TEoATtC kind of falters in the last part of the album, with "12:97:24:99", the title track, and "A Key to Nothing" all seeming like filler. Maybe not like filler, but definitely with a sense of deja vu in that we've heard all this already within the record. You should end now.

GopherDave Grade: 7.2/10

Track Listing

01. Silenced
02. Trapped in the Wake of a Dream

03. Not Falling
04. (Per)version of a Truth
05. Mercy, Severity
06. World So Cold
07. The Patient Mental
08. Skrying
09. Solve Et Coagula
10. Shadow of a Man
11. 12:97:24:99
12. The End of All Things to Come
13. A Key to Nothing
Lyrics used without permission, but they are Copyright 2002 by Zomba Enterprises Inc. and Mudvayne Music Inc. (ASCAP). If there's a problem, drop me al ine and let me know.

Sunday, January 23, 2011

Day 23 of 362

Still going... Still haven't repeated a necktie, and I won't until this Friday. Speaking of which, with all the running around of the convention and the pre-release, posting daily this weekend may be hindered. I'm still trying to figure out how that's going to go.

More than likely, I (and others) will take several pictures during the convention, and with that, y'all will catch a glimpse of my ugly face on more than one occasion. However, you will also catch pictures of me doing what I do best. Selling games, reconnecting with old friends, and reveling in an event that has been a large part of my life for many years.

For over two decades I have been attending Winter War. In that time, I have been an attendee, an event coordinator, judge for MANY events, and a vendor. All very different roles, all roles that I have thoroughly enjoyed.

It was through Winter War and its backing organization that I met my father-in-law. It was through said father-in-law that I met my wife. I've met many friends there, and enjoyed their company immensely. All-in-all, this event has been good to me and it has become a core part of my life. Winter War has also helped cement my son's love of gaming. He's met his own friends there and he looks forward to seeing them each year.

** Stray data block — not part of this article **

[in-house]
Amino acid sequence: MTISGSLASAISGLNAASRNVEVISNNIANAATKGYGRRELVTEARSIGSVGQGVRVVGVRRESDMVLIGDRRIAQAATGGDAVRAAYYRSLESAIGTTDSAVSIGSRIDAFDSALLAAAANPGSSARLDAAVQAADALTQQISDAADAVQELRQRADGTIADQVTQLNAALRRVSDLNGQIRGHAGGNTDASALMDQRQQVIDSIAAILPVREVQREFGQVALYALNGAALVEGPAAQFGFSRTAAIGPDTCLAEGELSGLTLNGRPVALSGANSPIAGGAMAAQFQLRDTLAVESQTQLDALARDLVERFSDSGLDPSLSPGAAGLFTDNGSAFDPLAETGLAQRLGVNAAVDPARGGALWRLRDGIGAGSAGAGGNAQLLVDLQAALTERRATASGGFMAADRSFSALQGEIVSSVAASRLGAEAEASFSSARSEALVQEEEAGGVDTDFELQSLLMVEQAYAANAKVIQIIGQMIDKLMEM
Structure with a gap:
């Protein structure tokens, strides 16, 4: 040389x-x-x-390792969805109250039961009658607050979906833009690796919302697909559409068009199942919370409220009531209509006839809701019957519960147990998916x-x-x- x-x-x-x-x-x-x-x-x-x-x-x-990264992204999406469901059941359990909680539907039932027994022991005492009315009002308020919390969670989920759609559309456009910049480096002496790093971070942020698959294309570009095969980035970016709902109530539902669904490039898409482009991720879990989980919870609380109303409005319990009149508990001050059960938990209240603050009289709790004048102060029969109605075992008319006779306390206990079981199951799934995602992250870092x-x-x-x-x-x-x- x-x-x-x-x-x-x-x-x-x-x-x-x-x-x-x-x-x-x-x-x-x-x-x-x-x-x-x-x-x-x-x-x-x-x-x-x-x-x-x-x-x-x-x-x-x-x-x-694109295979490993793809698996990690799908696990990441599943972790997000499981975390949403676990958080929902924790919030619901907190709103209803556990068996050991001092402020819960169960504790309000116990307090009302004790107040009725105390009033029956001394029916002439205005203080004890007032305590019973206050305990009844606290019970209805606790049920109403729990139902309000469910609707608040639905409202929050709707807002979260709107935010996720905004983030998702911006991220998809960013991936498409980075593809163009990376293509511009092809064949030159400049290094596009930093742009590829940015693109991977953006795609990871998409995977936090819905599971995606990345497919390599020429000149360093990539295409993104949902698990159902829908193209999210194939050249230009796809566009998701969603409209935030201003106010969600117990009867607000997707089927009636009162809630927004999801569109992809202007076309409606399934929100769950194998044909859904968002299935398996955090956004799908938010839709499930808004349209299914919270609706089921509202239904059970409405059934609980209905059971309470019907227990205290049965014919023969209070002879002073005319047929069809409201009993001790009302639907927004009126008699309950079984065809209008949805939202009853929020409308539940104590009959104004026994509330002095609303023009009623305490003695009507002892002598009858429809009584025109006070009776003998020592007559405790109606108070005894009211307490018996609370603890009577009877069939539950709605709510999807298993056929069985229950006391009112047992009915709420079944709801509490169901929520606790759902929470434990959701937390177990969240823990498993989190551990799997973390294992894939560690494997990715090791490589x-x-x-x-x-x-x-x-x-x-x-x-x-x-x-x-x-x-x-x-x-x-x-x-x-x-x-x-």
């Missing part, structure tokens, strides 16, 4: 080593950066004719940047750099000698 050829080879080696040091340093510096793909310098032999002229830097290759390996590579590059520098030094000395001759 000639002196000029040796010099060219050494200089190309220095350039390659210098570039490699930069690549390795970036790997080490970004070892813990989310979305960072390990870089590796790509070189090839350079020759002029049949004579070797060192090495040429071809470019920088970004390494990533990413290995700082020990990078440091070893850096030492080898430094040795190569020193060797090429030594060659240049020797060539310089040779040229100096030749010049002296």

So as crazy as this weekend is looking to be, I'm looking forward to it. It's the sort of friendly chaos that brings out the best in me... ...and when I'm at my best, I'm a fun guy to be around... =)

-- GopherDave

Creativity and... OH! LOOK! A kitty!

Just over a decade ago, I fancied myself as a game designer. Specifically, a role-playing game designer. I figured "why not"? I had been playing table-top RPGs like Dungeons & Dragons, Chill, Top Secret, and Champions for over twenty years by that time. I was a smart guy, and had enough gaming savvy and experience to know what works and what doesn't in a game system.

So, I began working on a random game design project I wanted to do. I plowed ahead getting mechanics just right and tweaking the setting just so... and then I'd get an idea for a completely different game. Invariably the need and desire to work on the new idea became overwhelming, and I dropped the the first game in mid-project to work on what was to be my REAL masterpiece. Then that game got dropped in favor of another... which got dropped in favor of yet another.

I have no fewer than SIX RPG game systems in various stages of completion on our computer's hard drive. It was when I realized that fact that I thought something my be wrong with me.

I had just started therapy for what I thought were some other mental issues, when this came up in session. The therapist then asked me some odd questions which brought even odder answers from me. After a session or two of back-and-forth discussion, my therapist stated that s/he thought I was mildly Bi-Polar. That sort of hit me like a brick out of nowhere. Doing some research on the subject led me to believe the "diagnosis" to be correct. Doing more research on the subject discovered that I couldn't take any of the medications they typically prescribe for bi-polar disorder due the universal side effect of screwing with my heart.

I don't think I've mentioned in the blog that I have heart issues, and have had heart issues since birth. Born with a congenital heart defect, I had open heart surgery to correct it at two and a half years of age. By the time I was thirty-two, I had become the proud owner of a pacemaker. I have flat-lined more than once in my life, and been defibrillated once (NOT RECOMMENDED IF YOU CAN AVOID IT). So yeah, I have a few heart issues... and the heart issues interfered, and are still interfering, with the treatment of the head issues.

Thus, I'm left to muddle through as best as I can. I've got fantastic support in the form of my lovely wife, our children, and our friends and customers at the store. I still tweak on the occasional game design, but I recognize it for what it truly is. It's a way to keep my brain occupied, especially when slogging through a manic phase. I have far less time to work on that kind of creative endeavor anymore, but it's okay. Running the store facilitates my need to keep my brain going.

Instead of games, I work on signage... or policies... or inventory... or financials... or sorting Magic cards... or tracking down items for customer special orders... or any one of a hundred things that need to be done at any given time. Our store has become where I burn off excess energy during my manic phases, and doing what needs to be done leaves a LOT less time to actually focus of being bummed out during the cycles of depression. In its own way, the store has become a form of medication to keep me sane... ...and I'm good with that.

-- GopherDave